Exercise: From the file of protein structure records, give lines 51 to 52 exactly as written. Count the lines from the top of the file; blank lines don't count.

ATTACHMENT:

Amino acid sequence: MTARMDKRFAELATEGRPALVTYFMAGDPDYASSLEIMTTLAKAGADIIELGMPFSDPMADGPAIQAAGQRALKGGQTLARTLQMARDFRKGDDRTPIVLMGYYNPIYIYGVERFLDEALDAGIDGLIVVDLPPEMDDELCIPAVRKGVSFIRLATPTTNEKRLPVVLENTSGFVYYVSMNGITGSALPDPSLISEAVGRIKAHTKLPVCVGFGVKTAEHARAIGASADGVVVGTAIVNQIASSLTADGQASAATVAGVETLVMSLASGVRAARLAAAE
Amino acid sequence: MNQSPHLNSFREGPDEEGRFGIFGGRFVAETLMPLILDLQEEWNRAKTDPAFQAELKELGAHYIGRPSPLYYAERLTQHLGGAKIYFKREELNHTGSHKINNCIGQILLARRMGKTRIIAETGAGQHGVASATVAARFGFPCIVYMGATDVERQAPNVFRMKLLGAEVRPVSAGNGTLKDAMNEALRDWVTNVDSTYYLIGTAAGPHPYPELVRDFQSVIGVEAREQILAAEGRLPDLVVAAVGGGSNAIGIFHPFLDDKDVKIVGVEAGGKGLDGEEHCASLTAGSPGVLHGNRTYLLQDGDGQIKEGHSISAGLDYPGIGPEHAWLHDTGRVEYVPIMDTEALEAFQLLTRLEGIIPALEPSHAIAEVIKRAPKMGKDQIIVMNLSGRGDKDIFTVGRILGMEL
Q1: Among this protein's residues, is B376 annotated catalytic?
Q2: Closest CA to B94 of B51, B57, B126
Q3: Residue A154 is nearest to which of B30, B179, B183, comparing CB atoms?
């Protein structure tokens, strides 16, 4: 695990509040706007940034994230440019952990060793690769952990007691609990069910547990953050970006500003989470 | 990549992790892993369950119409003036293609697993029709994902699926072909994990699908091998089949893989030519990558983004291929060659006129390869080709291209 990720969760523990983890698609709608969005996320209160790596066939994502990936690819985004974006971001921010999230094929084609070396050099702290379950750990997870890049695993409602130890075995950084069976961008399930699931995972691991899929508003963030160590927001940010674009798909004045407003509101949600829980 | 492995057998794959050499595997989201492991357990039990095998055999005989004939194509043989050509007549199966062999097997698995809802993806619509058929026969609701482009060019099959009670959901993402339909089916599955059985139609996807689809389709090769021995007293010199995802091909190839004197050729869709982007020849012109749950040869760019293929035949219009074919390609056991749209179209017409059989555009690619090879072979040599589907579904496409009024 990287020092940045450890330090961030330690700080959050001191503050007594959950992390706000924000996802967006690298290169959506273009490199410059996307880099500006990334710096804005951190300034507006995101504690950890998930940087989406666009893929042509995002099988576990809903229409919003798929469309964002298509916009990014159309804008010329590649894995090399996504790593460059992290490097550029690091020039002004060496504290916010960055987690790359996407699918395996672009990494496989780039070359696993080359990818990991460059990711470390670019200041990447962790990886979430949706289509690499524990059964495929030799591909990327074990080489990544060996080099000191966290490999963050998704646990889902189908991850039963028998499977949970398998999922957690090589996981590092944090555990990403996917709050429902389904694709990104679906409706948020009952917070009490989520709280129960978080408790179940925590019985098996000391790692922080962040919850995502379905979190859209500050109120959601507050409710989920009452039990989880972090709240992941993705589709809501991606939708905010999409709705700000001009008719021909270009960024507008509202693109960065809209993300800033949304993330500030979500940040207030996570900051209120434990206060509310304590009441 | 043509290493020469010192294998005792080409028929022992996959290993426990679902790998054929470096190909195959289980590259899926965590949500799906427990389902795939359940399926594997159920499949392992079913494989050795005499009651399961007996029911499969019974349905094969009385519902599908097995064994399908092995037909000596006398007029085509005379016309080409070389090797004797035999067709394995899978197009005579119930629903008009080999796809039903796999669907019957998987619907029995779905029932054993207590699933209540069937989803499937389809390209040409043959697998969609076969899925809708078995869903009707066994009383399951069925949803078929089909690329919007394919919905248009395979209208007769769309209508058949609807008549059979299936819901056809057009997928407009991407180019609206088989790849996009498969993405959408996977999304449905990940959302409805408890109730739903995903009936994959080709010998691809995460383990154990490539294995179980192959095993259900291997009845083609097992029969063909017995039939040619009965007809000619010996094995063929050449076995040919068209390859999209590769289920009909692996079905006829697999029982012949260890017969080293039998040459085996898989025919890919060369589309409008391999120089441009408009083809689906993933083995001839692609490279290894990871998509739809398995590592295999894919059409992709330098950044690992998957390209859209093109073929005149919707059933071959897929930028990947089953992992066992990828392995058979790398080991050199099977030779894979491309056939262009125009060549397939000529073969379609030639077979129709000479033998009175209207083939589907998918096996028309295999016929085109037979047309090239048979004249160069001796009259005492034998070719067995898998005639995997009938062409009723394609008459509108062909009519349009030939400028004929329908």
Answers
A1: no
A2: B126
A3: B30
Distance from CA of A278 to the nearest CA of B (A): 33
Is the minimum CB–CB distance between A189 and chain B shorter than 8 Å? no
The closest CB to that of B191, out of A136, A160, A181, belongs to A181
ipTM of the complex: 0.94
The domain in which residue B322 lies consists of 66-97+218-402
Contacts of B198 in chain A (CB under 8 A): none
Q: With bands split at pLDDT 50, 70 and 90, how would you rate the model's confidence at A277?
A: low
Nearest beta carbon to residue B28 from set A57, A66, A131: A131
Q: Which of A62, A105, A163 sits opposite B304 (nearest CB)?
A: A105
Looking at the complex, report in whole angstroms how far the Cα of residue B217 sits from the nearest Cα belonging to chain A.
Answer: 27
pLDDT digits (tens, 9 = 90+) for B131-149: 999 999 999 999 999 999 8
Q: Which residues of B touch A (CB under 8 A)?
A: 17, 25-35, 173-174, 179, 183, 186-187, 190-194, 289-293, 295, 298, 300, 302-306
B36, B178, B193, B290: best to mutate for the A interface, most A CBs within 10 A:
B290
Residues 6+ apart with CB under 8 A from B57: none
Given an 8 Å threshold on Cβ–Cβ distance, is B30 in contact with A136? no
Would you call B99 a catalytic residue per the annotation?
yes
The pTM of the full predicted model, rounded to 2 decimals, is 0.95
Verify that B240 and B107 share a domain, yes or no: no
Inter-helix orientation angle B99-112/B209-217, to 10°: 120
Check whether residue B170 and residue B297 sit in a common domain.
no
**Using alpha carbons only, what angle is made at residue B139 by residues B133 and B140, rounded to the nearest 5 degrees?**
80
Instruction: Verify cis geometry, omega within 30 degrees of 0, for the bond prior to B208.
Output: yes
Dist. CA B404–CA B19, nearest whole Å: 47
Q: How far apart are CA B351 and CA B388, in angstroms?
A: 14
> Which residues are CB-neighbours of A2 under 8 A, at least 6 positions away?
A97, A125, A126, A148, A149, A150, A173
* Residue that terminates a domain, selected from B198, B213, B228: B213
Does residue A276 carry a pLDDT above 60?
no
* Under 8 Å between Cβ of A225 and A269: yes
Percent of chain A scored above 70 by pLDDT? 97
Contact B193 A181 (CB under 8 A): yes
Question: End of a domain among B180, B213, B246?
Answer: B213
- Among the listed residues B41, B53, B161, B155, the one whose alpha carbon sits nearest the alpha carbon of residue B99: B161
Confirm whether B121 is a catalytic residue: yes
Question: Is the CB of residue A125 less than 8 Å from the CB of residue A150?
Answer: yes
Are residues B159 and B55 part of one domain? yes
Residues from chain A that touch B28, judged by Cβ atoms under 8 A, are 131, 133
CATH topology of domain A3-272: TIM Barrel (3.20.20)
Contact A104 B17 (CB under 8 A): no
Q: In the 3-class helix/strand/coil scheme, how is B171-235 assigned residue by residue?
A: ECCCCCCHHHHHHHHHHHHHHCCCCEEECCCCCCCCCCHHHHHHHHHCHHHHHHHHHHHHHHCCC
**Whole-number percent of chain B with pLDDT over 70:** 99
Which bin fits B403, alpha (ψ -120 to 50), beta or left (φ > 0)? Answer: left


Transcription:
Percent of chain A scored above 70 by pLDDT? 97
Contact B193 A181 (CB under 8 A): yes